Zultanite : What is Zultanite Mineral? Where to find Zultanite?

What is Zultanite Mineral? Where to find Zultanite? What color is Zultanite? Is Zultanite expensive?

zultanite gemstones, rough and crystal form lighting
Zultanite gemstones, rough and crystal form lighting

What is Zultanite Mineral?

Zultanite is a gem variety of the mineral diaspore, mined in the İlbir Mountains of southwest Turkey at an elevation of over 4,000 feet. Depending on its light source, zultanite’s color varies between a yellowish green, light gold, and purplish pink.

Gem-quality transparent color-change (diaspore) Zultanite ® was discovered in the early 1970s. Commercial mining started in 2006 when Zultanite Gems LLC was awarded mining rights to the deposit. Jewelers started to purchase several small stones in the 1990s, but larger fine-quality crystals remained a collector’s collection. During that time, very few stores around the world were lucky enough to offer these precious stones.

The diasporic metabauxite (diasporite) deposit of Turkey’s Milas (Muğla) area is an unique deposit, comprising both metamorphic (primary) and hydrothermal-remobilized (secondary) diaspore produced during various geological times. Microscopic crystals of metamorphic origin are common and are the major component of the metabauxite ore that was metamorphosed from the Late Cretaceous to the Late Paleocene period. However, secondary macroscopic diaspore crystals that fill fracture zones that cross the metabauxite ore formed during the Late Paleocene, Eocene and Oligocene periods as a result of subsequent hydrothermal solutions that eliminated metabauxite constituents. Macroscopic diaspore crystals, based on size, appearance, occurrence and origin, can be distinguished from the metamorphosed microscopic diaspore crystals.

Zultanite
2.40 cts. Zultanite® Wobito Snowflake Gemstone 8 mm. Credit: Zultanite Gems LLC

Approximately 60 percent of the macroscopic diaspore crystals are opaque in appearance and light green in color, and are not considered attractive. The other 40 percent, by contrast, are the quality of gems and exhibit a marked change in color under different types of lighting. The crystals in daylight are usually olive-green, and soil-brown. A small number of color-changing crystals show such as green in daytime or equivalent illumination and carmine in low-watt tungsten lights.

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The diaspore crystals of gem quality have standard V-shaped twinnings of varying sizes. The crystals, when gathered, show outstanding lustre. They have perfect cleavage in the direction [0 1 0], and good cleavage in [1 1 0]. Most samples of gem diaspore are olive-green but a few are soil-brown. Many olive-green anisotropic crystals show especially noticeable color-change with different light sources, typically olive-green color under direct sunlight, intermittent daylight, D65 fluorescent lamp, but by contrast, a carmine color under low wattage tungsten, mercury and quartz lamps.

The color-changing quality of these diaspore crystals can be grouped into categories: olive-green or soil-brown and light bordeaux, olive-green and lavender-rose, olive-green and morello-cherry (Gem News of GIA, 1994).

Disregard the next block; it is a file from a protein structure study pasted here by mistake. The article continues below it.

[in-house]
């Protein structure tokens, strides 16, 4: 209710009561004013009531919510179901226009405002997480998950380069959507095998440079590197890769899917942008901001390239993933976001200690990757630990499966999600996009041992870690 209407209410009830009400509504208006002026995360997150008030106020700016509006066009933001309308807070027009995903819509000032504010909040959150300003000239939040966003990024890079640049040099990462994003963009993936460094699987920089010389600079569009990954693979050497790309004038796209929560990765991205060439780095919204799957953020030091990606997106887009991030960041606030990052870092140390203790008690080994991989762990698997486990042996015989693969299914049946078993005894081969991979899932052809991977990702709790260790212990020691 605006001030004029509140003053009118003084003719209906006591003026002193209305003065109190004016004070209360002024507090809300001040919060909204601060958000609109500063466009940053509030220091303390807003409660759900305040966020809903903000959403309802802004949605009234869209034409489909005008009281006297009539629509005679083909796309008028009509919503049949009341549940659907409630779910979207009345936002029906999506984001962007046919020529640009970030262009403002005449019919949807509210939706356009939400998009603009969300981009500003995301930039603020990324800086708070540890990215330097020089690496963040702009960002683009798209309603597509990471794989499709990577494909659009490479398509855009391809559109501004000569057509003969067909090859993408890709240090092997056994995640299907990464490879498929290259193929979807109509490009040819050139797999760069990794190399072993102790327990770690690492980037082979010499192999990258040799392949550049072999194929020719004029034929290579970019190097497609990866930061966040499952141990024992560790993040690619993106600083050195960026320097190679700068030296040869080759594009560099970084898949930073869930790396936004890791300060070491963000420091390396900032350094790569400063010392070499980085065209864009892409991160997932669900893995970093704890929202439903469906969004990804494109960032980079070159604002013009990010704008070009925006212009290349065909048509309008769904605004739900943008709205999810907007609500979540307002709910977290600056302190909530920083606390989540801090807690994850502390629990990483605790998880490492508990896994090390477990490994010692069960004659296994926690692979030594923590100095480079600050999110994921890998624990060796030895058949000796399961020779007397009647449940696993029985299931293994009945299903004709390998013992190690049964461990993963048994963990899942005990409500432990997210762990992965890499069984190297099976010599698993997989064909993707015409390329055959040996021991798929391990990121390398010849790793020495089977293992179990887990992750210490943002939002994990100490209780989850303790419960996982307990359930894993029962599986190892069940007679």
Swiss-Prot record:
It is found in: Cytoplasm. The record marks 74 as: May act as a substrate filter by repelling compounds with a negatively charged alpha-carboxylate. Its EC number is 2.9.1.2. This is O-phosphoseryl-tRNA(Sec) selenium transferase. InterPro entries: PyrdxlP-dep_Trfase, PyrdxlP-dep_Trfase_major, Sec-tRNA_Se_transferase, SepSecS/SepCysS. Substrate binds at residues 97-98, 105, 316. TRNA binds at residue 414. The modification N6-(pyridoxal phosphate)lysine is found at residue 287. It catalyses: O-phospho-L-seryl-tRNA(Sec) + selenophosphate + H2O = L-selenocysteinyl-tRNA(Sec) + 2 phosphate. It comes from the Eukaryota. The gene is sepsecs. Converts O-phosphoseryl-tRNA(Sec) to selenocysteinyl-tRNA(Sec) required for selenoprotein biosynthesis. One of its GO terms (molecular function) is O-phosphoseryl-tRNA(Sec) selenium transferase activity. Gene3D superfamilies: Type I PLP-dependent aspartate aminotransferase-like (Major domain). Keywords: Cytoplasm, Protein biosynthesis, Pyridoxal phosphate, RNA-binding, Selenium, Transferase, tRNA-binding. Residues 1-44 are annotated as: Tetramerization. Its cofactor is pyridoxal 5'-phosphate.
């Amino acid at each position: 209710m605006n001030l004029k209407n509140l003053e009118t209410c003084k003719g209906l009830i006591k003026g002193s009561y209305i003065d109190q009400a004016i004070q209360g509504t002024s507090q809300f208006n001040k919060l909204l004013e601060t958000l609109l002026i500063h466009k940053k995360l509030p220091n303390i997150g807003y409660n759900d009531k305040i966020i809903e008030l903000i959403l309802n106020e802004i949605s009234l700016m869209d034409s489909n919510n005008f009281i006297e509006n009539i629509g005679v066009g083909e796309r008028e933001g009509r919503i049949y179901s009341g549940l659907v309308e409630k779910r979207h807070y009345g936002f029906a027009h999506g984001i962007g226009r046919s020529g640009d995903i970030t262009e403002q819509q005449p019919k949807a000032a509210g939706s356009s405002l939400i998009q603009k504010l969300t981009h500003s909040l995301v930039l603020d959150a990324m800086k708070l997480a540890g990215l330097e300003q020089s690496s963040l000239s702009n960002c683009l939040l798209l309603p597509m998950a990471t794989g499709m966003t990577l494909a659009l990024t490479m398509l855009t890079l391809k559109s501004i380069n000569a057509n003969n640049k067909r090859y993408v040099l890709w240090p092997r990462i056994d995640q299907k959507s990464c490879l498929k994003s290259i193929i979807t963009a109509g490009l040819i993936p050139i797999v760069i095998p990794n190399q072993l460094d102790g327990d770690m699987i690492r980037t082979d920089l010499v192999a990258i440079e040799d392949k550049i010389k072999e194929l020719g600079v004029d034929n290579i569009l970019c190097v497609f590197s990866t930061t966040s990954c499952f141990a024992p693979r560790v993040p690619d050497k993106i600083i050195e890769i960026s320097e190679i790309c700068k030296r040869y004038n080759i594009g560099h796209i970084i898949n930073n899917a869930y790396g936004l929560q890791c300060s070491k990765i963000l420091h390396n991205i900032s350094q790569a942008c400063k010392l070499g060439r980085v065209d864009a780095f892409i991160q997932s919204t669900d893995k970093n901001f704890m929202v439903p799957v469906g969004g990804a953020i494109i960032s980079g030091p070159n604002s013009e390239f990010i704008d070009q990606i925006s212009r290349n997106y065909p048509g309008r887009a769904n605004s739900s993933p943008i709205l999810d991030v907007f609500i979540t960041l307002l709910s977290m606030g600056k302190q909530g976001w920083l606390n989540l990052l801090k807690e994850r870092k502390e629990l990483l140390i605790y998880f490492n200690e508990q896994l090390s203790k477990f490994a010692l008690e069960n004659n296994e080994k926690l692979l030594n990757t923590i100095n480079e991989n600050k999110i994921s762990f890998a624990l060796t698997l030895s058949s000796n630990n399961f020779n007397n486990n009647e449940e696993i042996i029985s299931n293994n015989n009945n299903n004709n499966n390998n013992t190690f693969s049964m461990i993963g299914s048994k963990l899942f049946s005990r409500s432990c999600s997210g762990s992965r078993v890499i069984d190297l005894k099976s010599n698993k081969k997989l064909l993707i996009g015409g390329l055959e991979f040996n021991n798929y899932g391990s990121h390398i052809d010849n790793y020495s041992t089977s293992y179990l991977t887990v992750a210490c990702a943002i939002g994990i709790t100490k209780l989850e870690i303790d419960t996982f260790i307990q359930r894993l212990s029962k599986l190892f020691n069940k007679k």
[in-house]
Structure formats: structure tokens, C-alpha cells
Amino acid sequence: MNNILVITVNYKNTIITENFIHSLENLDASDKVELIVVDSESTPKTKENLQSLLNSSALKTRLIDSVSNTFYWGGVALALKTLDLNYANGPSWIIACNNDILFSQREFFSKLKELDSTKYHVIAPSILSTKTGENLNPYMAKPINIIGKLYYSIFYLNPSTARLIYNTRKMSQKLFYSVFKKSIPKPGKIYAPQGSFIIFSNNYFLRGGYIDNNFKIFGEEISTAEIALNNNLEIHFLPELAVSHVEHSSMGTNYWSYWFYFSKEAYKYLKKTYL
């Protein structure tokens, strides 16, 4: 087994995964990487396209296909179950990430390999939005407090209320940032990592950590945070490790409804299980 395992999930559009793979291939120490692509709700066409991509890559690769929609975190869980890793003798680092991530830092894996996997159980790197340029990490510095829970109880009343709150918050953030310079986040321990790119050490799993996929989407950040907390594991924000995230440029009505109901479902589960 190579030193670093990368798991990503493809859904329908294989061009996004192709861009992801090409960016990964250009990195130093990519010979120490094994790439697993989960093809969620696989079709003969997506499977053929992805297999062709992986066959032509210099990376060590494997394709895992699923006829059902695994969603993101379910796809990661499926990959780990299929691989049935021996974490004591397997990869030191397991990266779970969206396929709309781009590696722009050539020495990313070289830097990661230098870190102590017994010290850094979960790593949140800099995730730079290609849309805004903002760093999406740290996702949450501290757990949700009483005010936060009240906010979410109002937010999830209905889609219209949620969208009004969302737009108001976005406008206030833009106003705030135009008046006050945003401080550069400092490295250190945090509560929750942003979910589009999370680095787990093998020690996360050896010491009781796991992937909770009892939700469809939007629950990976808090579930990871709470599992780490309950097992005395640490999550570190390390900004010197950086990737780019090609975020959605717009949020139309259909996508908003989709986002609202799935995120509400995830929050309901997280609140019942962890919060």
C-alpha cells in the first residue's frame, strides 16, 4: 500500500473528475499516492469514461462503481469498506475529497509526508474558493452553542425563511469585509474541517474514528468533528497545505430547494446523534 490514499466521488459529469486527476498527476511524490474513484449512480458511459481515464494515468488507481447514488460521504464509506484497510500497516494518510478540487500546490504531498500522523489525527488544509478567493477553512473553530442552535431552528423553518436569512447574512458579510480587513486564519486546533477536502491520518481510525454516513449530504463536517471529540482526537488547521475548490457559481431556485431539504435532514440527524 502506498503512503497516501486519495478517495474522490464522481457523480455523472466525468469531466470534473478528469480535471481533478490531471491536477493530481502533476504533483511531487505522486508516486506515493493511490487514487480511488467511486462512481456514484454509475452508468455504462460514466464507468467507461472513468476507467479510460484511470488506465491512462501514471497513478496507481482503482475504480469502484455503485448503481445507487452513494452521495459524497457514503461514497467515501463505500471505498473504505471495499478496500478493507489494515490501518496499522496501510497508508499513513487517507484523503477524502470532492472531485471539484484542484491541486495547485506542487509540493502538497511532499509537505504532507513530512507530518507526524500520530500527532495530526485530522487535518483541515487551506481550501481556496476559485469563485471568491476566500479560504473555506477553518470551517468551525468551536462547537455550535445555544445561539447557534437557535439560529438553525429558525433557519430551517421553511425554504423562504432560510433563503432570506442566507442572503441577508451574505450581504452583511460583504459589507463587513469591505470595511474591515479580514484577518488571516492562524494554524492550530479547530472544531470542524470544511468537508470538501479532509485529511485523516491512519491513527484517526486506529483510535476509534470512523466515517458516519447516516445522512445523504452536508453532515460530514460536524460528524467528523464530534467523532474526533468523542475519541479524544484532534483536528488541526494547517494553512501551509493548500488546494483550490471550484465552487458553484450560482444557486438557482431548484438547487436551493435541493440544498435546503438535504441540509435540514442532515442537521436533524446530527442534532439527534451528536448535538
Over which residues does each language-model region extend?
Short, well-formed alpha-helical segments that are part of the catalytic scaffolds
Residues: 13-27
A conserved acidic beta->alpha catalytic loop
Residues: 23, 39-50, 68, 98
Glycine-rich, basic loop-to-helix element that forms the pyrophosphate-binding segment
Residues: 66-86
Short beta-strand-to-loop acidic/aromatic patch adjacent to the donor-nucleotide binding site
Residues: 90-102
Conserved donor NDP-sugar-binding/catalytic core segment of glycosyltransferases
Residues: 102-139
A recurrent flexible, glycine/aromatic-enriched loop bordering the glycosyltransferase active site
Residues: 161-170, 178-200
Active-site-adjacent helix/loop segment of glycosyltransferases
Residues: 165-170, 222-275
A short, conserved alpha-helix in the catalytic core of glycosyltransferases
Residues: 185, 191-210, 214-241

Many Anatolian diaspore samples of olive-green and soil-brown color were analyzed to determine their average bulk chemical composition and quantify the presence of trace elements.

Pure diaspore has about 84.98 wt.% Al2O3 and 15.02 wt.% H2O. These values for our samples were both lower than expected with the difference being largely made up by Fe2O3, SiO2, and TiO2. In addition, the trace element analyses of the samples show significant amounts of Fe, Ti, Mn, and Cr, respectively. These chemical data indicate that the Anatolian diaspore crystals are not pure diaspore (Keller, 1978; Löffler and Mader, 2004), despite the fact that they are flawless gem material. The existence of these unexpected elements may be further evidence for the polycrystalline structure (Klug and Farkas, 1981)of the Anatolian diaspore (zultanite) crystals we describe below and must have resulted from their unusual mode of formation

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Here’s a brief overview of the mineral Diaspore and its gemstone trade name(s) Zultanite ® /Csarite TM and some of the people concerned, just to address any unanswered concerns about what it is and how these trade names come along with photographs and some noted related posts. At the end of this article there are pictures of the Zultanite ® 96 carat “Sultans Shield” and the Jewelry Ensemble Zultanite ® “Shooting Star” motif priced at more than $1.5 million: designed by Stephen Webster of London.

What color is Zultanite?

Zultanite is one of the most rare and transparent gemstones in the Diaspore family. Its colors range from yellow, cognac, pink to red. The most intense red hues are due to manganese concentrations. Like Alexandrite, Zultanite also presents impressive color change.

Where to find Zultanite?

Zultanite is mined only by Zultanite Gems, LLC, at a remote location in the Anatolian mountains of Turkey, directly from the host rock at an altitude of more than 1000 metres. The Turkish deposit remains the only Zultanite source in the world (colour-change, diaspore gem quality).

Is Zultanite expensive?

High quality zultanite up to 1 carat that is eye clean and has an excellent cut will sell for roughly $200 per carat


Reference:

  1. Mineralogical characteristics of unusual “Anatolian” diaspore (zultanite) crystals from the İlbirdağı diasporite deposit, Turkey. DOI: 10.1016/j.jafrearsci.2010.01.002
  2. Zultanite Gems LLC